The Weather Makers: Creating rain for clean water
Weather modification is becoming an established process that could have significant influence on the availability of clean water. The Weather Makers, a group of international engineers and scientists, is aiming to regenerate the Sinai ecosystem.
Driving water with weather
Cloud seeding, the doping of water-bearing clouds with compounds that encourage precipitation, has been used for at least half a century to modify weather, often with questionable success.
However, as the efficacy of cloud seeding is becoming established scientifically, it is being reassessed as a potential technique to provide new sources of water and even regreen barren landscapes.
With almost half the world’s population expected to face water shortages over the next decade, even parts of Europe are facing droughts as the impact of global warming and changing weather patterns makes itself felt.
“Novel approaches to water management are being explored and among those is cloud seeding as a technique to increase snowpack or replenish reservoirs.”
Spain, Portugal, Greece and southern France have become used to droughts but are now being joined by Italy, the low countries and others that today face growing water shortages and prolonged drought.
In response, novel approaches to water management are being explored and among those is cloud seeding as a technique to increase snowpack or replenish reservoirs.
Cloud seeding technology
Silver iodide, salts like sodium chloride and dry ice have long been used in cloud seeding attempts to prompt rainfall. These compounds act as condensation nodes, allowing rain drops (hygroscopic) or snowflakes (glaciogenic) to form around them and fall to the ground.
Weather modification has been used to dissipate fogs, diminish the intensity of storms and try to guarantee good weather for key sporting events, parades and even weddings. While the science theory behind cloud seeding is well established, the detailed understanding and practical efficacy and of cloud seeding has long been questioned.
Now though, studies have established a clear basis to quantify its impact, proving its effectiveness. Early last year, for example, a research project in Idaho used a combination of radars and snow gauges to measure the impact of cloud seeding on snowfall.
Using modern technology like radar allowed the researchers to establish direct, unambiguous observation of the cloud-seeding process for the first time.
In a National Science Foundation (NSF) funded study, researchers from universities in Wyoming, Colorado and elsewhere found that injecting clouds with silver iodide generated precipitation at multiple sites over the Payette Basin near Boise. Crucially, these efforts also generated snowfall where none had existed previously.
“Researchers found that injecting clouds with silver iodide generated precipitation where none had existed previously.”
The potential impact of cloud seeding is already attracting commercial interest, the NSF study was also partially funded by the Idaho Power utility company in its bid to increase precipitation feeding its hydropower assets on the Snake River.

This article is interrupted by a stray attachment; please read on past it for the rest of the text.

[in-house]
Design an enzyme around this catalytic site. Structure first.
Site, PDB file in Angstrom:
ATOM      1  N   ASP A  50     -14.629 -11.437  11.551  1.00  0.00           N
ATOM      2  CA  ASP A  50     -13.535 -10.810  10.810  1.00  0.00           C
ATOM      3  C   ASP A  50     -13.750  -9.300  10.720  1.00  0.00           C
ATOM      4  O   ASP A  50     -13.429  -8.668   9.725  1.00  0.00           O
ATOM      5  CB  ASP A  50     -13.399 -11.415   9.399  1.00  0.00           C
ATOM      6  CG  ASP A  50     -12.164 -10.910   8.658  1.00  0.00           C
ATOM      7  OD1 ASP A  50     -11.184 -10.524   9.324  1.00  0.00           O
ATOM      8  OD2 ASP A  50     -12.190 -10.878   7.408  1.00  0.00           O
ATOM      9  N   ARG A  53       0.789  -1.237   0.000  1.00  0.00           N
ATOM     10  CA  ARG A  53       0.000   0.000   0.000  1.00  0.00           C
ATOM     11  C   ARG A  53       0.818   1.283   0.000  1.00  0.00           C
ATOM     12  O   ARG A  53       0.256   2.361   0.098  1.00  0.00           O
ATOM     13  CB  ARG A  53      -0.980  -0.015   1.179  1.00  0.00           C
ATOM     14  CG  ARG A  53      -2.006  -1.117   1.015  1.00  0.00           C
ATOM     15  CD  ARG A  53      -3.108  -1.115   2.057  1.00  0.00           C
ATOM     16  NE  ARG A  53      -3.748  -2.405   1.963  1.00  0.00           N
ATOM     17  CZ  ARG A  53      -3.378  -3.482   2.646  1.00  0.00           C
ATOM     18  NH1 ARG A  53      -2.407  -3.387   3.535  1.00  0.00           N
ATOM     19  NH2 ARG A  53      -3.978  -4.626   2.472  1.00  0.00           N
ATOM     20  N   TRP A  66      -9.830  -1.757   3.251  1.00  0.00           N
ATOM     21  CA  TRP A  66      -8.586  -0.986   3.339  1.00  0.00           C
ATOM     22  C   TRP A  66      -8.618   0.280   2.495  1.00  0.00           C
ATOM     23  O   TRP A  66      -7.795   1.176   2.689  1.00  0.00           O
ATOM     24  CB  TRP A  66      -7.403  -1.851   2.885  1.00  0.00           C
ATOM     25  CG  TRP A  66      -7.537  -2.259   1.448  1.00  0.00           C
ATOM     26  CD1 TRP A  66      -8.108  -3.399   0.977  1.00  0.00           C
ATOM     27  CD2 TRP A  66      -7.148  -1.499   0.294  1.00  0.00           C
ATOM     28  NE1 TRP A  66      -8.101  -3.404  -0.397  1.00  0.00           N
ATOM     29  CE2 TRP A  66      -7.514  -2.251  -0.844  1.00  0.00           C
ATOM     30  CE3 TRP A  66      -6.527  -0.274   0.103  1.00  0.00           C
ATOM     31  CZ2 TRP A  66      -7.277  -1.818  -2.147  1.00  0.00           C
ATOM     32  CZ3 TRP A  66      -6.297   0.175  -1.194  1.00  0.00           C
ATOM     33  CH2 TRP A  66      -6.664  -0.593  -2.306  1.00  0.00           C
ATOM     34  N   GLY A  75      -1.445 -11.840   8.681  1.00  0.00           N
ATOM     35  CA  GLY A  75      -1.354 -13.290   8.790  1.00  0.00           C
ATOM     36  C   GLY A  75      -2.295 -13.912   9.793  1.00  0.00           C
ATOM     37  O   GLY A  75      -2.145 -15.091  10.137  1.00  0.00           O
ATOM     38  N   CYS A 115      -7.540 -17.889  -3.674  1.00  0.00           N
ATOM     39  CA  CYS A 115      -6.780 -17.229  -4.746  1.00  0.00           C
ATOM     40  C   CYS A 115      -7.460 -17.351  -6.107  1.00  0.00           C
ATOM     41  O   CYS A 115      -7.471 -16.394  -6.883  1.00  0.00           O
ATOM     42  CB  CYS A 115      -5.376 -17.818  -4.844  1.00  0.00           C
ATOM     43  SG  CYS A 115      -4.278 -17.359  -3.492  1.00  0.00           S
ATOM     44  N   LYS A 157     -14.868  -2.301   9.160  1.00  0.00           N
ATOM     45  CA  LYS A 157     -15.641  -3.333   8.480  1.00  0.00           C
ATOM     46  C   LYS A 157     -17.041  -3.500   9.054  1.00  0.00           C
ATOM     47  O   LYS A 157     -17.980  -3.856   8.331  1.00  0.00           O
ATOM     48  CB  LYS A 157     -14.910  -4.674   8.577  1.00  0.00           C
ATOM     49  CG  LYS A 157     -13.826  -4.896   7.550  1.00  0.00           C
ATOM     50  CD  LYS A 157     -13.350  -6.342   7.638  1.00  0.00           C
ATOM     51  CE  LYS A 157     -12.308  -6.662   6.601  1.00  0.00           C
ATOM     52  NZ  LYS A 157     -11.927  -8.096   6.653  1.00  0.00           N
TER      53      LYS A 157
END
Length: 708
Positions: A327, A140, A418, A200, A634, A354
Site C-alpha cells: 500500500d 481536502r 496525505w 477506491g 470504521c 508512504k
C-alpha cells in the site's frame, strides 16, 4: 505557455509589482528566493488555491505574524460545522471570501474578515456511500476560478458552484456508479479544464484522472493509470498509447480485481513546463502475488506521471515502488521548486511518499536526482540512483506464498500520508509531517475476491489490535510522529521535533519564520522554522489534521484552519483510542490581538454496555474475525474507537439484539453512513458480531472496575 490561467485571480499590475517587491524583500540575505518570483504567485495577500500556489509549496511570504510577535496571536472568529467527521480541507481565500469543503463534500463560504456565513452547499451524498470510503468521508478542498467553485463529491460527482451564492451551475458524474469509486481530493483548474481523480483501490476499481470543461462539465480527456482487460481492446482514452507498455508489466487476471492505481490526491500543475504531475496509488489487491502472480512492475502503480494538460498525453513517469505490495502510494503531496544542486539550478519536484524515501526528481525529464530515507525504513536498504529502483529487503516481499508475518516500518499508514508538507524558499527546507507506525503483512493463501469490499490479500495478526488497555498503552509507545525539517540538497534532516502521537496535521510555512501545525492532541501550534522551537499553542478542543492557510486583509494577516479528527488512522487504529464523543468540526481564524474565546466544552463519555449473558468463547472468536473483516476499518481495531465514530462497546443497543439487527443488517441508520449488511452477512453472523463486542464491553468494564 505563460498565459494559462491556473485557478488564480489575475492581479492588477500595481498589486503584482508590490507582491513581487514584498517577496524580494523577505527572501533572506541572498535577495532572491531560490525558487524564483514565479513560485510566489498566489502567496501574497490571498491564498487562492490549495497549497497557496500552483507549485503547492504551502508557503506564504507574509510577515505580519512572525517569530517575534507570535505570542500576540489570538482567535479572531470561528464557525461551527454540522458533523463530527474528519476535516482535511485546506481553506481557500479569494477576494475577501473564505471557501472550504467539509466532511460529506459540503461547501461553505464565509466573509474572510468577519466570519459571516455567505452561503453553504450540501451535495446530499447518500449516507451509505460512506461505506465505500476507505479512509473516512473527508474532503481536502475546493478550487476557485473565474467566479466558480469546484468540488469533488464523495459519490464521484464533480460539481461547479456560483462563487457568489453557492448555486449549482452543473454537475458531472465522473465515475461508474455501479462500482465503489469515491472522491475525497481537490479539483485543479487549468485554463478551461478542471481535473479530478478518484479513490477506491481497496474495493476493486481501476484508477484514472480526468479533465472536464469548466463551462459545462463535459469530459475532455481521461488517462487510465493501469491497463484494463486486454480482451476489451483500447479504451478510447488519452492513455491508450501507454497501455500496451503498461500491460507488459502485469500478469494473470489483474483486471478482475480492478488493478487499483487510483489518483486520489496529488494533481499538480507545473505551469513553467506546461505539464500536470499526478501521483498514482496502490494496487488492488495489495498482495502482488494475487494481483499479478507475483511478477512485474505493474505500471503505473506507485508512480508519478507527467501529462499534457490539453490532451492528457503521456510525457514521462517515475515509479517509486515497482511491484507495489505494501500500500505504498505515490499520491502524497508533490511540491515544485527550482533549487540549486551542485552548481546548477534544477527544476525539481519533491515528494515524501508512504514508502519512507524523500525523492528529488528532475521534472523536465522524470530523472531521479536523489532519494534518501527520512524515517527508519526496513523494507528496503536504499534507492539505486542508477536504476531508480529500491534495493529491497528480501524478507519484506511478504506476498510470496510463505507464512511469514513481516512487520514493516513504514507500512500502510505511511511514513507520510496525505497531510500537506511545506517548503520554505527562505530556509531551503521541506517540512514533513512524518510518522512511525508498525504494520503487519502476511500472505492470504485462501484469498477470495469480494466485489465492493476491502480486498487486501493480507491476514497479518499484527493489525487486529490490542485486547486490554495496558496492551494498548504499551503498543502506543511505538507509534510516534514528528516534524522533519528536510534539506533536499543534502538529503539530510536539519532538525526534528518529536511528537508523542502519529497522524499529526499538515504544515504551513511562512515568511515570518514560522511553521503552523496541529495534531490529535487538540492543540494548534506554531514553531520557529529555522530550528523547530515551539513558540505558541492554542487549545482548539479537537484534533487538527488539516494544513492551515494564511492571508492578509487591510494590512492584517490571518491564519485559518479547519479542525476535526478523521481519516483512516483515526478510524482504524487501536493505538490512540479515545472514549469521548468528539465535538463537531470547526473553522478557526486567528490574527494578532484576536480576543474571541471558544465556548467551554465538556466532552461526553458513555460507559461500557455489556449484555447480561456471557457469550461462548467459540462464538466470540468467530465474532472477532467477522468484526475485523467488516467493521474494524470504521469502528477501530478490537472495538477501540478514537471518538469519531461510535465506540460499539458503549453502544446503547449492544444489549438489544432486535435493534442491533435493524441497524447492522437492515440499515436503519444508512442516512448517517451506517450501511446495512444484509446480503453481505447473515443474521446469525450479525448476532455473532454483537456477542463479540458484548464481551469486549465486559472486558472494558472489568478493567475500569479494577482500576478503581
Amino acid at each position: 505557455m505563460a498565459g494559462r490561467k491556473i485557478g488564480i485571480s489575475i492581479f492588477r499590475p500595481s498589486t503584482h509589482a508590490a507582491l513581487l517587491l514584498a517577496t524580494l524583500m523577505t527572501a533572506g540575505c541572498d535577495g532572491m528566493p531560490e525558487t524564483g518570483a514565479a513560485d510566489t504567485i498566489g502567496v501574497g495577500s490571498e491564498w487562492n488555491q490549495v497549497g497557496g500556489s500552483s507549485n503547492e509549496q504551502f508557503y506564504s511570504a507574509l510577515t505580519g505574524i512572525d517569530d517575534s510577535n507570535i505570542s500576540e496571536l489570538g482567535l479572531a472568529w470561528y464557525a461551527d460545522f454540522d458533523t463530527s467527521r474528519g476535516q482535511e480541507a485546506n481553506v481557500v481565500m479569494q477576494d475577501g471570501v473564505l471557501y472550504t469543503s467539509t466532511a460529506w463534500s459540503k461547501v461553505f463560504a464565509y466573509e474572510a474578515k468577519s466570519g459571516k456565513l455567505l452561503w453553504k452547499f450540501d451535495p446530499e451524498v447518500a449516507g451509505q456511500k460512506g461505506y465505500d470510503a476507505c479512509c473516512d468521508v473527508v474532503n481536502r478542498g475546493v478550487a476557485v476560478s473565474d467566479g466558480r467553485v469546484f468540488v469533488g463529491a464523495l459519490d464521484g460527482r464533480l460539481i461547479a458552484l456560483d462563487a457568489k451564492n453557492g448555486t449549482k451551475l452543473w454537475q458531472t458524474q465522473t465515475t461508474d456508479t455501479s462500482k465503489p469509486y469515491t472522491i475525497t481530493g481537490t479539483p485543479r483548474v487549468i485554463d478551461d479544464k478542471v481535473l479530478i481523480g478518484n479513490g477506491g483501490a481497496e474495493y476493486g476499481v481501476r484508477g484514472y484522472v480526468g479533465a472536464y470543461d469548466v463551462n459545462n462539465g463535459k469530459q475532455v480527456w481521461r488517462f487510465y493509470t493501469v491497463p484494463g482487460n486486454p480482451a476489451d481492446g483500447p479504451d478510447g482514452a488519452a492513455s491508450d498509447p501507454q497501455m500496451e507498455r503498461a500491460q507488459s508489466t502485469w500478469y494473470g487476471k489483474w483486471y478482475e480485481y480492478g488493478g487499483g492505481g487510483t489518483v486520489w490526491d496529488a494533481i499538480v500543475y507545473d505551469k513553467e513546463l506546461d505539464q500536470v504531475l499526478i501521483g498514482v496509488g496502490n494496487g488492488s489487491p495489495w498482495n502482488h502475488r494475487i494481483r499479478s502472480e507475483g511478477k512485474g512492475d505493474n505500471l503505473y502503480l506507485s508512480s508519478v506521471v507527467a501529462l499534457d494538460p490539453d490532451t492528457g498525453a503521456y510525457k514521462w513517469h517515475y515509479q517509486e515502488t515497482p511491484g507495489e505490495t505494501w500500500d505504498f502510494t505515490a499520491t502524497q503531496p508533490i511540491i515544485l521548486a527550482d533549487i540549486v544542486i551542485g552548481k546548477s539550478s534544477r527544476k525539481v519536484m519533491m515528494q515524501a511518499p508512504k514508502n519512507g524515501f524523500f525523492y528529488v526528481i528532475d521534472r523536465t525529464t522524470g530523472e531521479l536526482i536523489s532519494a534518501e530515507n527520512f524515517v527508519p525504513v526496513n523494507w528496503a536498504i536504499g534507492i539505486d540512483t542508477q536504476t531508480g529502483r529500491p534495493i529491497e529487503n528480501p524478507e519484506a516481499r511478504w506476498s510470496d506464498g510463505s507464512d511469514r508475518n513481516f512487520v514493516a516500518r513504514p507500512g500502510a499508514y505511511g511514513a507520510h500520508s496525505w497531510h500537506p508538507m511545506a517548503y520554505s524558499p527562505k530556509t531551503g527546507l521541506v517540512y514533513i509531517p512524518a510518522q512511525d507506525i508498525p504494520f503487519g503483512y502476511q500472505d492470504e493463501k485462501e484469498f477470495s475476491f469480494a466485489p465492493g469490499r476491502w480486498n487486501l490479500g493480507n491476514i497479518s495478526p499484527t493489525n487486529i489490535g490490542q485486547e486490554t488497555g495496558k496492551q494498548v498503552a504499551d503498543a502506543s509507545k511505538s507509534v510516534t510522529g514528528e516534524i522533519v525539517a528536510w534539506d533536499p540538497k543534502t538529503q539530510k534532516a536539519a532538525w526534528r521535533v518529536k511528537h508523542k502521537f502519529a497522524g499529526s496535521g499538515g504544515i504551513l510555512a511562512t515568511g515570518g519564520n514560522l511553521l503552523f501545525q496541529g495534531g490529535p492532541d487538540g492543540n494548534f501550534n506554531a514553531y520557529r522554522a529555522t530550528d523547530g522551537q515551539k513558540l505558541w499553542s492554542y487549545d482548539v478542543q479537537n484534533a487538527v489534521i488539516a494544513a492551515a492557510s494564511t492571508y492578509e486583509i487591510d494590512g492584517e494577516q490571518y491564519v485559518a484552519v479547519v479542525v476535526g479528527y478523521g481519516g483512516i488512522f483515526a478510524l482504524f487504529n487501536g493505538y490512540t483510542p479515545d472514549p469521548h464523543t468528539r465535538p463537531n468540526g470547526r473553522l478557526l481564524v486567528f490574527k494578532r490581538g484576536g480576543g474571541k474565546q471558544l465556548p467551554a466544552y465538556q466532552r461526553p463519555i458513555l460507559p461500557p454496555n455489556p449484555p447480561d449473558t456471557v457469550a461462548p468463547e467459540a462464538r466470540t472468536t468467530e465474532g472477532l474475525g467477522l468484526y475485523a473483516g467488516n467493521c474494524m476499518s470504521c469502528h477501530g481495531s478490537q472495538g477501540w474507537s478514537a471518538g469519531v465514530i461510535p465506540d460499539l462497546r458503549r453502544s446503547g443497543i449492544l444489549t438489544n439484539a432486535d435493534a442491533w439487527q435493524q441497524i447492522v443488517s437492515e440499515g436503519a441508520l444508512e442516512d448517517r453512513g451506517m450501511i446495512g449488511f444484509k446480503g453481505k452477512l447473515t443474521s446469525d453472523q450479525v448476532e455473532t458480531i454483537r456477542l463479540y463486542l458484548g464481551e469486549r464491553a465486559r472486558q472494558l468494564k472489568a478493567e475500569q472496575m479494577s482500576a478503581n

Analyses conducted by Idaho Power since 2003 indicate the annual snowpack in the Payette River Basin increased an average of approximately 12 per cent as a result of its cloud seeding program.
Other US studies have indicated a 5-15 per cent increase in precipitation as a result of seeding.
Changing the climate with clouds
While understanding and quantifying how efficient cloud seeding can be is the first step to establishing a clear commercial value, other weather modification projects are looking to transform entire regions.
With around 50 countries currently conducting or exploring weather modification, a new project centred on the Sinai peninsula aims to transform the local climate through a series of initiatives that are anticipated to restore the local ecology by improving the hydrological cycle.
The Weather Makers, a group of international engineers and scientists, is aiming to regenerate the Sinai ecosystem, creating a greener and cooler region that can bring more moisture and influence larger weather systems that can cause extreme events.
Developed in Leeuwarden in the Netherlands, the project aims to recreate small cycle rainfall.
“What research shows is, once you have more forests next to the waterfront, next to the seas, you can attract more clouds that enter the country and then you especially need forests also to trigger clouds, to trigger rain,” said Pieter de Jong, EU representative of the WaterCampus in Leeuwarden, northern Netherlands.
In its third year, the regeneration project aims to balance water cycles and provide social and economic benefits, in part by greening the region to boost small cycle rainfall events.
“Understanding and quantifying how efficient cloud seeding can be is the first step to establishing a clear commercial value.”
However, while there are clear benefits associated with weather modification there are potential downsides too. In the UAE, for example, an aggressive cloud seeding programme last year resulted in a flood event that significantly impacted Dubai.
Certainly, the science of cloud seeding and weather modification is in its infancy despite its many decades of history. And, while it is clearly feasible to produce additional precipitation in the presence of clouds, the specific results depend on many additional factors that are still not fully understood.
It is those additional factors that will ultimately determine if cloud seeding is a cost-effective approach to increasing the availability of increasingly scarce water.
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